Prague, 5 September 2023 Prague is on the cusp of becoming a European leader in biotechnology thanks to greater collaboration between R&D institutions and commercial partners. Prague.bio, a new trade association, plans to connect the research and business sectors with the aim of accelerating the development of new drugs, diagnostics, and other innovative initiatives that will diversify Czech R&D funding streams. The association will foster a supportive environment for ground-breaking discoveries similar to the historical contributions made by Czech scientists Antonín Holý (AIDS treatment) and Otto Wichterle (soft contact lenses). UCT Prague is one of the founding members of this association.
The Prague.bio biotechnology cluster combines R&D&I activities in medicine and the life sciences and brings together key players in research, the commercial sector, potential investors, and government.
“Biotechnology in the Czech Republic shows great promise, because research here is quite excellent and we already have a number of commercially successful outputs. Biotechnology will just become more import in the future and it is a strategic pillar in the economic development in the Czech Republic, one of the main areas of innovation where we should focus,” said Czech Minister for Science and Research, Helena Langšádlová.
Her sentiments are echoed by Prague’s mayor, Bohuslav Svoboda: “Biotechnology initiatives play a strategic role in the ongoing development of Prague. Our city has a rich history, a colourful present, and I see a promising future in this area. I believe the new cluster will help strengthen the Czech position in this field.”
Daniel Mazur, Prague councillor for IT, Smart City, Science, Research, and Innovations. adds: “As councillor, I certainly agree that a biotechnology centre for R&D&I should be in Prague. Our city government clearly supports this. I believe that this centre will inspire other industries and—above all—make Prague the birthplace of even more ground-breaking discoveries, inventions, and their real-world application.”
The founding members of the association are:
- The Institute of Organic Chemistry and Biochemistry of the Czech Academy of Sciences (CAS), IOCB Prague
- i&i Prague, an IOCB subsidiary
- The CAS Institute of Biotechnology
- The CAS Institute of Microbiology
- The CAS Institute of Molecular Genetics
- The University of Chemistry and Technology, Prague (UCT Prague)
Additional academic members, companies, and investors and investors will join soon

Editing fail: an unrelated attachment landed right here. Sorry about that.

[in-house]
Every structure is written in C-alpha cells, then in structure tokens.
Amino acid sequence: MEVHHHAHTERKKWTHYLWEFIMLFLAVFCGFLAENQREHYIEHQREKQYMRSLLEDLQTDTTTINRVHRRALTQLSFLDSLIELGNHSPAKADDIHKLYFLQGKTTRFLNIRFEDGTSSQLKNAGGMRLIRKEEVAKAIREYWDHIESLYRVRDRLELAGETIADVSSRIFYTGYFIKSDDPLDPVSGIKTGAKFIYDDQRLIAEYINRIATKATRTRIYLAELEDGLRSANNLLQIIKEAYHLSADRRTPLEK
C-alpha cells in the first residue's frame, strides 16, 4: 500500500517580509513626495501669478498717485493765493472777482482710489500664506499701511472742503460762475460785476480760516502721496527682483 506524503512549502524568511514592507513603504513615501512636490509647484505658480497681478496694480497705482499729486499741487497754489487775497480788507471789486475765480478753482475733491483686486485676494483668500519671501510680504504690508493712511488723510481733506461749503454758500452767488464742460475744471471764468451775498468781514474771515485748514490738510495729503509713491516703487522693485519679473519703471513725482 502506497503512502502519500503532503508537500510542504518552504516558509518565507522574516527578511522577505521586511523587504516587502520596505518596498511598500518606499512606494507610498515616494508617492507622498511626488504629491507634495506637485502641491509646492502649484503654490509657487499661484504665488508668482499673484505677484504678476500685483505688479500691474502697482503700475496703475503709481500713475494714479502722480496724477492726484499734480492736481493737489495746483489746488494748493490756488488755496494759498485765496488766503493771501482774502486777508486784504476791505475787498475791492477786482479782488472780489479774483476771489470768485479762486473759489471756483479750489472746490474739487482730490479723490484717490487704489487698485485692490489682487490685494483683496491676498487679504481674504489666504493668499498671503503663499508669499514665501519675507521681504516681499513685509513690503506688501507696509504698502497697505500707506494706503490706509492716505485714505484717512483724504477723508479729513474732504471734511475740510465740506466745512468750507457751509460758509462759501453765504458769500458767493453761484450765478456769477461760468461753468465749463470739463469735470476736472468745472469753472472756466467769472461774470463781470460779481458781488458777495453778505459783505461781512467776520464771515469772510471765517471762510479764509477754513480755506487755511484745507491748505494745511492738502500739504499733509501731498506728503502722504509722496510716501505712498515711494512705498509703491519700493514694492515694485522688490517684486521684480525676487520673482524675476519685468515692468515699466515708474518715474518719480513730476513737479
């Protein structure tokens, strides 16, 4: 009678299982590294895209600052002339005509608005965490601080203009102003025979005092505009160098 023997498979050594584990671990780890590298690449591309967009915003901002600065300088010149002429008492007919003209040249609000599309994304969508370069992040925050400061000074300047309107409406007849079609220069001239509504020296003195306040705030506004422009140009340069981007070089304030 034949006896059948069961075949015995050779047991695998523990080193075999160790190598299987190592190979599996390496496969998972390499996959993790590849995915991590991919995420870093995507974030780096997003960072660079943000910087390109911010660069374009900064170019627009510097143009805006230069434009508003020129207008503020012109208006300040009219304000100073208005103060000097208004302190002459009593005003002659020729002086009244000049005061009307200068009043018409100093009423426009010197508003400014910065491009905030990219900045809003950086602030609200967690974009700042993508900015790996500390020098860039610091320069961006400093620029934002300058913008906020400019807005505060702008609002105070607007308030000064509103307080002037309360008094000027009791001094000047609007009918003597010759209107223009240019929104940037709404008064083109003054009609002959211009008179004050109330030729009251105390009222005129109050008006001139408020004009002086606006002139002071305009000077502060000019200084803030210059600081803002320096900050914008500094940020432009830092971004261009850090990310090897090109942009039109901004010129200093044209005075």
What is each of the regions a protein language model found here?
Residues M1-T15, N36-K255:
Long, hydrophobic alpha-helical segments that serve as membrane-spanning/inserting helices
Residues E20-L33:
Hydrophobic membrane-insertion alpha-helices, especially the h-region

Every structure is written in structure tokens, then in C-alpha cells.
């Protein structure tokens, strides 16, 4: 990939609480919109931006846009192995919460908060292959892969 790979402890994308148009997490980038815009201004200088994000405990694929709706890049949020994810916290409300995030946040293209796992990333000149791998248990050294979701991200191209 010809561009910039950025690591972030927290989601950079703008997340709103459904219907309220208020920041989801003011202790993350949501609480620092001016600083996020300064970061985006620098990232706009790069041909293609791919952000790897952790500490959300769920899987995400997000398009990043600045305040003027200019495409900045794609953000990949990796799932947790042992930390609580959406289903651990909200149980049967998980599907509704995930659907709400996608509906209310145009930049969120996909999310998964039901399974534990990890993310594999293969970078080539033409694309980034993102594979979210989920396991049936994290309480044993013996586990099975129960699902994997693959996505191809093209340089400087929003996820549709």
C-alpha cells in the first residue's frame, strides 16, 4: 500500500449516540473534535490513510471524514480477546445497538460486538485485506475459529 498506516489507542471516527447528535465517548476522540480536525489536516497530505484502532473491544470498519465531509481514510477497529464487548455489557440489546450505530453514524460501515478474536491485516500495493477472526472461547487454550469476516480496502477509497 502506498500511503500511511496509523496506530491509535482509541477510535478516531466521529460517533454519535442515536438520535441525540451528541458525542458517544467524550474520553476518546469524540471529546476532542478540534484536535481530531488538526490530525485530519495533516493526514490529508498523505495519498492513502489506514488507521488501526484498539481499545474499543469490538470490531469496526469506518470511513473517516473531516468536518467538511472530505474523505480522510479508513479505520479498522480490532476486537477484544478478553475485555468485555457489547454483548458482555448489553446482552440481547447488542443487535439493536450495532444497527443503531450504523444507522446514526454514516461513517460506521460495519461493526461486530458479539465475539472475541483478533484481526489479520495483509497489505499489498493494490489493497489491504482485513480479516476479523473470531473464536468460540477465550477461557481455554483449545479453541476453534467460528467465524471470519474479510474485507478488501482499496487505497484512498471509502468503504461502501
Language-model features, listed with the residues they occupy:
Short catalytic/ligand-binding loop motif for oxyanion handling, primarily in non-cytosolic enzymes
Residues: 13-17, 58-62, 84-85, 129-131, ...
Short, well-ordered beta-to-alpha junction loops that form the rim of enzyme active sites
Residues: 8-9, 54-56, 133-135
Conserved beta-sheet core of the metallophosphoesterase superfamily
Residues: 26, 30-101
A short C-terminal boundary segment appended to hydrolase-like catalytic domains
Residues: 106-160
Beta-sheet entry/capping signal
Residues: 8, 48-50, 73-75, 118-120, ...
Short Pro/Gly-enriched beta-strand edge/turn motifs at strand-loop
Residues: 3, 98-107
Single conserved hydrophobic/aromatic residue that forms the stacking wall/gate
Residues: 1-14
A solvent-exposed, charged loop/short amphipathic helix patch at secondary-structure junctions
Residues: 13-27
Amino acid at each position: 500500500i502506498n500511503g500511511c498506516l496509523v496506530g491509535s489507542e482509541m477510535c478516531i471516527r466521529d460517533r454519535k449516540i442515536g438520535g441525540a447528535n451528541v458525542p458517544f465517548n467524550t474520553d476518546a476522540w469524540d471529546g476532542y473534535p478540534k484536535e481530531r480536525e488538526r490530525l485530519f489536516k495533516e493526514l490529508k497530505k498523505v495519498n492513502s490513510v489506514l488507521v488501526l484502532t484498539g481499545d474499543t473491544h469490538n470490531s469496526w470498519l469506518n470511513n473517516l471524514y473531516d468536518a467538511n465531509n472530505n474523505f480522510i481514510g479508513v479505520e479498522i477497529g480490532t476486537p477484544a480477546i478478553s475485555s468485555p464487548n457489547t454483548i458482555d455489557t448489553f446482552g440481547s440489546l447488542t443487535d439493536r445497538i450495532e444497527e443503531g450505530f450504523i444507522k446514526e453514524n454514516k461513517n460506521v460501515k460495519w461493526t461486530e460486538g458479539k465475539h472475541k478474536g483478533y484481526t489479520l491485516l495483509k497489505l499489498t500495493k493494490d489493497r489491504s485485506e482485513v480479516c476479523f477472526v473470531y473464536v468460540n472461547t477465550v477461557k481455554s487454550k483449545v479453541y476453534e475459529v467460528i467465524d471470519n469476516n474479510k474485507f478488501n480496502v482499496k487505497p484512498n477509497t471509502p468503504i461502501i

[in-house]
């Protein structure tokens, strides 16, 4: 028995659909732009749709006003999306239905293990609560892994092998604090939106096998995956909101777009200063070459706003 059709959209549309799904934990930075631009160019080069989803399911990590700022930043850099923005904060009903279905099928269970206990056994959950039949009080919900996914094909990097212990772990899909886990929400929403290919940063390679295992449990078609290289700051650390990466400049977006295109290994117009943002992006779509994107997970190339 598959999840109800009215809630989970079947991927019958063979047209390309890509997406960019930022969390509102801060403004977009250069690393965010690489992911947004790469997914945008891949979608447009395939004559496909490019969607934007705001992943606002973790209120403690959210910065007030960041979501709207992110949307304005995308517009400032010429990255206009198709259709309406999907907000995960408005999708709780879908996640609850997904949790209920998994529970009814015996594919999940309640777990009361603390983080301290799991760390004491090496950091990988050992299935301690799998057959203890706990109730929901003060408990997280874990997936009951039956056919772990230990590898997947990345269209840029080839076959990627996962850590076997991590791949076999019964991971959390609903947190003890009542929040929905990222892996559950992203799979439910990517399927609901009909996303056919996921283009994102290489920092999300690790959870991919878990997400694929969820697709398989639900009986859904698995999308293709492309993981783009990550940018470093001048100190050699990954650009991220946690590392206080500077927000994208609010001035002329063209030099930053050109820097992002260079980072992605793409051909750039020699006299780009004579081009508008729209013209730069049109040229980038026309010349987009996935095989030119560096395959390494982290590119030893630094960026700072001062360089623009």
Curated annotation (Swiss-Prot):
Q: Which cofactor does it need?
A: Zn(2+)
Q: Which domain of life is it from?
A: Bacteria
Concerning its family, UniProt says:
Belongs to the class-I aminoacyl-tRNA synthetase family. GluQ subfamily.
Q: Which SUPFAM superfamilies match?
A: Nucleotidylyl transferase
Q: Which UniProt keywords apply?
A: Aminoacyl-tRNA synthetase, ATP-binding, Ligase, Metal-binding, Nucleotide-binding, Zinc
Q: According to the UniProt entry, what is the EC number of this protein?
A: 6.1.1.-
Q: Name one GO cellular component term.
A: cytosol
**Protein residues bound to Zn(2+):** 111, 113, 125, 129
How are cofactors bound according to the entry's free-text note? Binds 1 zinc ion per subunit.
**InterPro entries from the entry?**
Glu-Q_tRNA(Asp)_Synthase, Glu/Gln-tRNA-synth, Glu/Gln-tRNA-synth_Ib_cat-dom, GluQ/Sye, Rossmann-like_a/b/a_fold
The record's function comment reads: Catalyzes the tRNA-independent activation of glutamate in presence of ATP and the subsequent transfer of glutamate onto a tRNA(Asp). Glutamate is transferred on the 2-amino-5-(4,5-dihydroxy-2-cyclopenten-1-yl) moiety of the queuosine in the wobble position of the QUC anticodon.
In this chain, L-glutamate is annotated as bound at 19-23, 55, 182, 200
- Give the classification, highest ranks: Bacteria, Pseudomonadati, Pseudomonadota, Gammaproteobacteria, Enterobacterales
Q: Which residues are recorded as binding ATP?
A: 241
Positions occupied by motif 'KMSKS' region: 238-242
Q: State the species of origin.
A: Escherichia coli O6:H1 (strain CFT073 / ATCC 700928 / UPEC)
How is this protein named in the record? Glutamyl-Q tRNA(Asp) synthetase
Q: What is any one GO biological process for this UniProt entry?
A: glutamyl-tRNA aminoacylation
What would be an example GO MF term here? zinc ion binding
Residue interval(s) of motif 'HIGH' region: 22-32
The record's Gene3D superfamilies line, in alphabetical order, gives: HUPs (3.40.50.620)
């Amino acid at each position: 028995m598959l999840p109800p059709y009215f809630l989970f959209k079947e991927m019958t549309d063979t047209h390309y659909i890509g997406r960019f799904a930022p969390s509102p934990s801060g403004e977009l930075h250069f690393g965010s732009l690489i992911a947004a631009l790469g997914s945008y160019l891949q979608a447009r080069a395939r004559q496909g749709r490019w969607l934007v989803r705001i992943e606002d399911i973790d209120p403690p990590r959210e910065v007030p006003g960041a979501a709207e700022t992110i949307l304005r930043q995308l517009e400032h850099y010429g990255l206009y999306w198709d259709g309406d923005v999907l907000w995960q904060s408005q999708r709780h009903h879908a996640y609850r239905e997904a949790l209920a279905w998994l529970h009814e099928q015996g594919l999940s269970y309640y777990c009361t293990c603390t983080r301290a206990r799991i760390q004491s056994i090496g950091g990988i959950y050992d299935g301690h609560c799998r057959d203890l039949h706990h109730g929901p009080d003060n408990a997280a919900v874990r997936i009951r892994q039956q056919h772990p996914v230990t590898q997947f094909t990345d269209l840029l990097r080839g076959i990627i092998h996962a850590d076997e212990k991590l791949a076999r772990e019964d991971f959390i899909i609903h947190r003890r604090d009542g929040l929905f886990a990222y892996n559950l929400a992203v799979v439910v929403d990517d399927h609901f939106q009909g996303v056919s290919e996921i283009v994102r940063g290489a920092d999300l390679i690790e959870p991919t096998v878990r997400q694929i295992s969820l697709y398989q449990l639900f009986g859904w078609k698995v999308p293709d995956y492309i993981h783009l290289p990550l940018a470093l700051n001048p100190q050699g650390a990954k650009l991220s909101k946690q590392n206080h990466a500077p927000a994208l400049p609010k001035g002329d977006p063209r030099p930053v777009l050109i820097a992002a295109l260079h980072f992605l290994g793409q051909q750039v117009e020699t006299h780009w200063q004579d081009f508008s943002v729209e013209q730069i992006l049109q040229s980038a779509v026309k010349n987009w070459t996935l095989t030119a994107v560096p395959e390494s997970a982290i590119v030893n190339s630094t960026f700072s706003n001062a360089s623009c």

These institutions represent the Czech Republic’s leaders in education and research who have a greatly influence the development of new drugs, diagnostic methods, and other medical technologies.
“Prague.bio’s goals include becoming the moderator for development of biotechnology in our country, to represent the Czech biotechnology industry abroad, to contribute to greater drug independence for our citizens, and to support the development of drugs that can one day change the fight against diseases worldwide,” said Jan Konvalinka, Director of IOCB Prague.
In a number of countries, such as Israel, biotechnology helps driver the national economy. Prague.bio similarly wants to fully exploit Czech biotechnology research potential. This will contribute to the national budget and make the Czech Republic more independent at a time when Czechs are dealing with pharmaceutical and healthcare innovation bottlenecks.
“Biotechnology already contributes billions of crowns to Czech R&D&I, making it one of the most successful and promising contributors to the country’s economy. However, fewer and fewer medicines are being developed here compared to Europe; the transfer of research results to the production of innovative medicines, in cooperation with large pharmaceutical companies, can improve this situation,” adds the Technology Agency of the Czech Republic’s Board Chair, Petr Konvalinka. Financing for the cluster will come from multiple sources, including member contributions, public funds, and contributions from sponsors and other partners.
In fulfilling its mission, Prague.bio wants to be inspired, among other things, by the success stories of historical Czech scientists such as Holý and Wichterle. “Today we have many smart brains and skilful hands for making discoveries with global impact. An example of this is a breakthrough in the availability of radiotherapy thanks to researchers from IOCB. We will support such projects from the original idea all the way up to final implementation. We are pleased that this cluster is supported by the City of Prague and Czech national government,” notes Jana Žaludová, cluster Director.
Pavel Matějka, UCT Prague, adds another reasons for founding the association: “Antibiotic resistance presents us with a challenging problem at this point in time. If we do not prevent further resistance, in twenty-five years, the human race will be where it was before penicillin was discovered. Such great challenges cannot be met without collaborative effort, both between research institutions and also including commercial partners and public policy makers.”
The Prague.bio biotechnological cluster welcomes all institutions involved in the development of drugs, diagnostics, and other medical technologies in the Czech Republic, be they universities, research institutes, incubators, transfer centres, start-ups, investors, industrial companies, or governmental entities.
Media contact: Martin Kovalčík, +420 777 472 863, email@example.com